Remember honesty? 

It was an astonishing story with a headline that stopped me cold.The Detroit News, Friday, Feb. 4, 2005: “$1.2 M? Thanks but no thanks”

It was the banner headline, even played above the papers’ daily Super Bowl story (but not, of course, important enough to knock sports off Page 1 altogether).

At first glance I guessed that the Kilpatrick administration had let another grant application deadline pass unmet, or looked another schools-endowment gift horse in the mouth, or simply refused to accept a donation to chip away at Detroit’s enormous deficit because the city, of course, can handle everything just fine without outside assistance.

Or, as an apology for all the time I’ve spent on hold waiting for tech support, had Bill Gates finally decided to contribute to my retirement fund and, tragically, found the wrong guy, some hairy ascetic who had long ago spurned mammon to sit in a blue cloud and live a simple, contemplative life high atop Mt. Elliot?

Or had some absentee slumlord finally been located, offered a mighty tidy sum for his burnt-out crack house in south Midtown and laughed it off, holding out for more?

No, in the greater scheme, the one that includes an American ethos that is devoid of ethics, one that has seemingly everybody constantly on the hustle and looking only for more — legally, illegally or extra-legally — it was a much bigger story.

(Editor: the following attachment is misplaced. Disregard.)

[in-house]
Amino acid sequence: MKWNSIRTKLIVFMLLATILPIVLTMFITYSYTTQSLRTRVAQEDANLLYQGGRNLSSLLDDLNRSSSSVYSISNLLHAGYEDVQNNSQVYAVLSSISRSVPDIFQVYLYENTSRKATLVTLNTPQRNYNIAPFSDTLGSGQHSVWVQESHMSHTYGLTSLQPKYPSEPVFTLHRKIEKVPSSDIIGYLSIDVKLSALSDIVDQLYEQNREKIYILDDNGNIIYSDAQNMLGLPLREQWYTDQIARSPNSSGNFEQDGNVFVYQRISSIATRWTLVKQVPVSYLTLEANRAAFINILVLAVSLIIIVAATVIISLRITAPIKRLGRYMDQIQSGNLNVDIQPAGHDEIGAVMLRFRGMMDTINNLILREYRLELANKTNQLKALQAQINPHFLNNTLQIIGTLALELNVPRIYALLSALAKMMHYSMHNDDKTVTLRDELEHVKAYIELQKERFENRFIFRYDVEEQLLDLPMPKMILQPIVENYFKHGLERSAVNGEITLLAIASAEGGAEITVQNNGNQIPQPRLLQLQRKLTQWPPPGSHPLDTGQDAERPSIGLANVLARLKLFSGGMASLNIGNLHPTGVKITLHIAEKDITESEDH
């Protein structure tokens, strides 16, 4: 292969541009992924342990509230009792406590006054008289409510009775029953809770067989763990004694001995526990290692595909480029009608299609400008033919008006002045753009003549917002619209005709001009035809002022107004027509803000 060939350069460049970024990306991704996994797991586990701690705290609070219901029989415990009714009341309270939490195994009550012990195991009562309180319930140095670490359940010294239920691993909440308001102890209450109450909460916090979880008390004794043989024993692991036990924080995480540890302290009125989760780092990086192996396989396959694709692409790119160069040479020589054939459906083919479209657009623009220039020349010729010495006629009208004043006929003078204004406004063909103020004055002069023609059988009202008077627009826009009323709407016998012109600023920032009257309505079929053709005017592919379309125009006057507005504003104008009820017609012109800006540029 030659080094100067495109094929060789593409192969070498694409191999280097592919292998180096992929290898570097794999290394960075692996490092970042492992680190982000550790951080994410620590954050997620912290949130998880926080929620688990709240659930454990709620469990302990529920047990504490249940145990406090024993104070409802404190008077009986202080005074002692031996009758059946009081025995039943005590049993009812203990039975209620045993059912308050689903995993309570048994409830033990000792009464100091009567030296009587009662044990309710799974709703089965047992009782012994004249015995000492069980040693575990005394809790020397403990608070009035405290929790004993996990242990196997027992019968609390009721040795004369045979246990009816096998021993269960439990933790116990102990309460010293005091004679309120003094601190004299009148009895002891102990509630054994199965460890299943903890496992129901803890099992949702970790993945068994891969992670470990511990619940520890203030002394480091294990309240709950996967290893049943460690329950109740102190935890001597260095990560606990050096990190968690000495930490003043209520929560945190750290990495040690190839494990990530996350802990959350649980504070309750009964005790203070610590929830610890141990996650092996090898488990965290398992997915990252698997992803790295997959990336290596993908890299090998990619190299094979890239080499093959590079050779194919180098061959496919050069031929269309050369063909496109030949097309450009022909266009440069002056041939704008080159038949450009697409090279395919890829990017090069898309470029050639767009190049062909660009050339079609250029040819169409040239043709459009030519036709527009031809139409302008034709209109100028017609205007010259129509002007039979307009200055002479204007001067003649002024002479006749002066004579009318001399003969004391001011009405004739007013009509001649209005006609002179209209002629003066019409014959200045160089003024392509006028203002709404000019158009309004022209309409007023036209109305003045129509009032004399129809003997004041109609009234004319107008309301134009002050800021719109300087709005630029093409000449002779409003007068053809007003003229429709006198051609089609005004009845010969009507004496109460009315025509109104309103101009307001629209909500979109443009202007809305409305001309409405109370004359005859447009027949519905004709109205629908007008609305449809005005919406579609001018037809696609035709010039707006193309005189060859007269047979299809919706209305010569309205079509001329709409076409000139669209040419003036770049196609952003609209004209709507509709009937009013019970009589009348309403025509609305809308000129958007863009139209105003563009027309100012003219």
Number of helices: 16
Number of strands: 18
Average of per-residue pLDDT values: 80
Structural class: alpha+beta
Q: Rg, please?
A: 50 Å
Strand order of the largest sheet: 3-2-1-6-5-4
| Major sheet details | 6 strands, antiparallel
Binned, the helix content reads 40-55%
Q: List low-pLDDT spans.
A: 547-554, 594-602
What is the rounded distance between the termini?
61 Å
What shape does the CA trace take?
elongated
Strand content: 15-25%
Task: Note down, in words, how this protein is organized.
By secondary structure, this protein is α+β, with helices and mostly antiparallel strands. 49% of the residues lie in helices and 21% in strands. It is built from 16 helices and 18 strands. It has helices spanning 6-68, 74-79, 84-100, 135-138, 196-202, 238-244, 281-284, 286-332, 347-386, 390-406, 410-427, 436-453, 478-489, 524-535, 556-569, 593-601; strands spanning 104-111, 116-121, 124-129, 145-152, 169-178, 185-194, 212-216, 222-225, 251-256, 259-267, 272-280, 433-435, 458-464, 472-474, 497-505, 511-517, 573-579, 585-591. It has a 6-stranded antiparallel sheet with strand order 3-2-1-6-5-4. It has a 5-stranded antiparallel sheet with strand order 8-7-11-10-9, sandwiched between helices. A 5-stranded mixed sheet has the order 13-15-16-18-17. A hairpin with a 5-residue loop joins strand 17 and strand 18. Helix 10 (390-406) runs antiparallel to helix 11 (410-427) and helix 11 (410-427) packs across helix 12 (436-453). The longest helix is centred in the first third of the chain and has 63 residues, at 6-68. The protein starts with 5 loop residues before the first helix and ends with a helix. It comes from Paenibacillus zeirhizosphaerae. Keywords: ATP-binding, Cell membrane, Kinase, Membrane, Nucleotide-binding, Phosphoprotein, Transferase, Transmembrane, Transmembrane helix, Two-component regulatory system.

There was a rail car fire and chemical leak downriver in July 2001, forcing the evacuation of residents on Grosse Ile and in Wyandotte, Riverview and Trenton. Now, after four years of litigation and attorney fees that could be as much as $467,000, those living in the affected communities have their turn to take a piece of the $1.2 million settlement in the case. All they had to do was sign a statement saying they’d been home at the time of the leak, and collect $550 per family member.

But as The News’ David Shepardson reported, at least 30 of them have turned it down, in some cases simply because they didn’t feel they had it coming. Lawyers from both sides have even admitted that nobody would have checked up on claimants to see if they in fact had been home when the noxious cloud settled over their towns.

So, are they nuts? Has the American ethos cracked or have a limited few ethical, moral people been discovered hiding just downriver from Detroit, Mich.? It appears so.

“I looked at it this way,” Shepardson was told by Trenton resident Thelma Diemer, a retiree with a limited income. “Nothing happened to me, and when I left home [to shop during the leak] the birds and squirrels with their little tiny lungs were fine and when I got back, they were fine.

“I didn’t feel I was being honest accepting the money and you have to think about the hereafter, especially when you’re 86.”

What a sucker, huh? We all know we’re constantly getting ripped off by the government, businesses big and small, lawyers, telemarketers, televangelists, anyone offering anything for “free,” panhandlers whose families are stranded around the corner and just need bus money to get home, credit companies, the oil industry, professional sports organizations, Ticketmaster, car dealers, just about anybody involved any way in health care, wireless phone companies and the produce guy who turns the bad berries down in the basket. So why wouldn’t we gets ours when we can? Especially when we know we can get away with it?

Don’t know about you, but I know that from now on, Thelma Diemer will be whispering in my ear, reminding me of the hereafter with tales of birds, squirrels and tiny lungs.

Send comments to rbohy@metrotimes.com

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